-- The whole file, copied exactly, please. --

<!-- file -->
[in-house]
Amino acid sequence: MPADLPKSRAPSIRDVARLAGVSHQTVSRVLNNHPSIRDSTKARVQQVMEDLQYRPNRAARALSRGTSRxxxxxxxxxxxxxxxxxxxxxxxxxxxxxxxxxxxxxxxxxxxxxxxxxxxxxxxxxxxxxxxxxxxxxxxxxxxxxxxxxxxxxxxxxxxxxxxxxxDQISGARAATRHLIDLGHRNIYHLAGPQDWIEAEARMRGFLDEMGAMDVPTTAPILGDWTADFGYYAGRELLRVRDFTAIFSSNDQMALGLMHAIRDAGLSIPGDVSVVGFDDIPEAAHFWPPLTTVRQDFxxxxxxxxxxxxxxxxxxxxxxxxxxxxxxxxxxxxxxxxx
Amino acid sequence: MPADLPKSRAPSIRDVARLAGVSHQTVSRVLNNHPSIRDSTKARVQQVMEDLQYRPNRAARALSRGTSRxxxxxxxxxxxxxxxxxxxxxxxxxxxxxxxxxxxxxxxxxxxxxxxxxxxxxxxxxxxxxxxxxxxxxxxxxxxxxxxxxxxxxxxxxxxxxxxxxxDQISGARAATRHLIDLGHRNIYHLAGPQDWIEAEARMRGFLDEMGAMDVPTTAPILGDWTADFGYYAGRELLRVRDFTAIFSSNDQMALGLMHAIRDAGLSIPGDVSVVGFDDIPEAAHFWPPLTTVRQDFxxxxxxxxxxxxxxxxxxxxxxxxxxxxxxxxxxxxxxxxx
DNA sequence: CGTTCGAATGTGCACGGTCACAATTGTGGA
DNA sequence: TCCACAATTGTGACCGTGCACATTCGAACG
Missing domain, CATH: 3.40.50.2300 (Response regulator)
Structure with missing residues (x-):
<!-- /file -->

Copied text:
[in-house]
Amino acid sequence: MPADLPKSRAPSIRDVARLAGVSHQTVSRVLNNHPSIRDSTKARVQQVMEDLQYRPNRAARALSRGTSRxxxxxxxxxxxxxxxxxxxxxxxxxxxxxxxxxxxxxxxxxxxxxxxxxxxxxxxxxxxxxxxxxxxxxxxxxxxxxxxxxxxxxxxxxxxxxxxxxxDQISGARAATRHLIDLGHRNIYHLAGPQDWIEAEARMRGFLDEMGAMDVPTTAPILGDWTADFGYYAGRELLRVRDFTAIFSSNDQMALGLMHAIRDAGLSIPGDVSVVGFDDIPEAAHFWPPLTTVRQDFxxxxxxxxxxxxxxxxxxxxxxxxxxxxxxxxxxxxxxxxx
Amino acid sequence: MPADLPKSRAPSIRDVARLAGVSHQTVSRVLNNHPSIRDSTKARVQQVMEDLQYRPNRAARALSRGTSRxxxxxxxxxxxxxxxxxxxxxxxxxxxxxxxxxxxxxxxxxxxxxxxxxxxxxxxxxxxxxxxxxxxxxxxxxxxxxxxxxxxxxxxxxxxxxxxxxxDQISGARAATRHLIDLGHRNIYHLAGPQDWIEAEARMRGFLDEMGAMDVPTTAPILGDWTADFGYYAGRELLRVRDFTAIFSSNDQMALGLMHAIRDAGLSIPGDVSVVGFDDIPEAAHFWPPLTTVRQDFxxxxxxxxxxxxxxxxxxxxxxxxxxxxxxxxxxxxxxxxx
DNA sequence: CGTTCGAATGTGCACGGTCACAATTGTGGA
DNA sequence: TCCACAATTGTGACCGTGCACATTCGAACG
Missing domain, CATH: 3.40.50.2300 (Response regulator)
Structure with missing residues (x-):